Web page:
The easiest travelling step to learn is the simple side step. It is simply step together, step together and so on. This is just a basis for adding other movements to. You can do small circles, figures of eight (horizontal) camels, and add shimmies etc. etc.


This is a step used is many other dance forms. The very popular line dancers are very fond of it. However we are using it on our own, as this is not a line dance. The leading foot is crossed in front and behind the other quite quickly, the other does a similar but smaller step to follow. You will be on the balls of your feet to do this. It is a fast travelling movement. SMILE.


This is done diagonally, just step with the right foot flat on the ground and close the left foot up to it. Alternate sides, and do doubles or singles.

LIMPY SIDE WALK. (Lame duck)

Go onto the ball of your right foot, leaving the left flat on the floor and do the step together routine we have already covered. This gives a nice twist to the movement and look most effective.


These are small fast forward steps with a hip shimmy.


Taking normal steps to a one, two and three timing, on three point your foot behind and to the side and repeat. You may like to do just a pair of these or several in sequence. There are many other types of arabesque that you will come across on your journey through the world of belly dance. SMILE.


I have heard it said that there as many as fourteen Egyptian walks, there could well be more than that, however for our purposes we are going to learn a very simple one that you can add to as you develop your dancing. Start with a hip drop to each side on the spot, getting the movement as fluid as possible. Then as you gain confidence, step forward as you go. You will find your hip drops have changed into a step wiggle type of movement, as you get more into it, it will get better. You can annoy your family by practicing this as you walk around the house! SMILE.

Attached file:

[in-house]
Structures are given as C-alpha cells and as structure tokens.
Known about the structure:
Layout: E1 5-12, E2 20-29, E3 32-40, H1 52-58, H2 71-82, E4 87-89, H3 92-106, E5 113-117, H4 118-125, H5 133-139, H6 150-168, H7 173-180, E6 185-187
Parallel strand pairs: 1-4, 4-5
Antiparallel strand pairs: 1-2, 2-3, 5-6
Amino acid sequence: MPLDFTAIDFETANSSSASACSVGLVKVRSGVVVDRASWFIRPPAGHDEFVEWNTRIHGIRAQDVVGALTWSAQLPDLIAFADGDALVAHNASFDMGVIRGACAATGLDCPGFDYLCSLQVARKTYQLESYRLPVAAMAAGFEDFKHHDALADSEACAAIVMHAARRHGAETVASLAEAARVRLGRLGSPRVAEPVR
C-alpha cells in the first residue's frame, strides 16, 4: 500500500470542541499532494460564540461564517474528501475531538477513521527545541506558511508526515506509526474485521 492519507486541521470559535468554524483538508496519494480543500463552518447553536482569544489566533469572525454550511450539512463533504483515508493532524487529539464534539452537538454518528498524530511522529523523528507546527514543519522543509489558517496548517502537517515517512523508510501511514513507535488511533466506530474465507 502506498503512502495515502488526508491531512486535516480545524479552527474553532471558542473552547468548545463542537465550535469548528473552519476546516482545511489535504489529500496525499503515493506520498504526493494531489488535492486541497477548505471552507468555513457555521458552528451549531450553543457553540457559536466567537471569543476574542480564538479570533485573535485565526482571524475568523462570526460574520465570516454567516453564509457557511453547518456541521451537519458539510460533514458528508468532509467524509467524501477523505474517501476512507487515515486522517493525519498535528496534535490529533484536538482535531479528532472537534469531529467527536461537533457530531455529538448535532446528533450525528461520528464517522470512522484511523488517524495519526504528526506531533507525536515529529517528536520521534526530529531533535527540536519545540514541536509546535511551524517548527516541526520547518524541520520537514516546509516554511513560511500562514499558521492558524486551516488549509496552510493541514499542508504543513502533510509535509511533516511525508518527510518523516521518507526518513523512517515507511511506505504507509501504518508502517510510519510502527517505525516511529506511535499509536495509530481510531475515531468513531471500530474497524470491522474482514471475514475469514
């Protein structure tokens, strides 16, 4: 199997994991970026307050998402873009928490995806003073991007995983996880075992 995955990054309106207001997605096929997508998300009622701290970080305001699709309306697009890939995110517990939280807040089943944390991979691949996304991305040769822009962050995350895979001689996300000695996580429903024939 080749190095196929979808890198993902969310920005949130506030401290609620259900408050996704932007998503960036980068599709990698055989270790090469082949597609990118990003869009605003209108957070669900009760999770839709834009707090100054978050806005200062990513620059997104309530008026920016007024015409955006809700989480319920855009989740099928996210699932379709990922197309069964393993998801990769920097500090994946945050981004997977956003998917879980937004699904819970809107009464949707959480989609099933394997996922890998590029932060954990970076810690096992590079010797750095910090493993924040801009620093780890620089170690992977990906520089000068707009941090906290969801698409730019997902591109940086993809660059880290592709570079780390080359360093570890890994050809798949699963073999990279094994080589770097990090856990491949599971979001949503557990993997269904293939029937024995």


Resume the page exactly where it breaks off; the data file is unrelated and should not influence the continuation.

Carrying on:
In your normal stance, start to do small hip circles, when you are ready cross the right foot on the ball over the left (if your circles are to the left) and push your self around finishing the movement still doing the hip circles. You will find your butt sticks out as you do this properly. It is a fairly difficult movement for some dancers, so take your time and relax into it.


You can do spins in any way you like, however you may like to try, as you move across the floor, turning within two 180% steps. So you are back facing the way you started. You can also just push yourself around on the spot.
You are free to find whatever type of spins suit you best. Ballet dancers find to avoid dizziness, if you pick a spot to look at every time you turn, it will help to stop the wobbly feeling. You do get used to it also.


This is something that you may not notice a dancer doing very often, it can be very discreet. Some of may not ever want to do it, regardless this is a way you can use jumps in your dancing. As you are doing a fairly fast walk across the floor, you can suddenly stop, jump and do a small shimmy. Try it sometime. You can also do a small jump barely lifting your feet from the floor to finish a move or series of moves.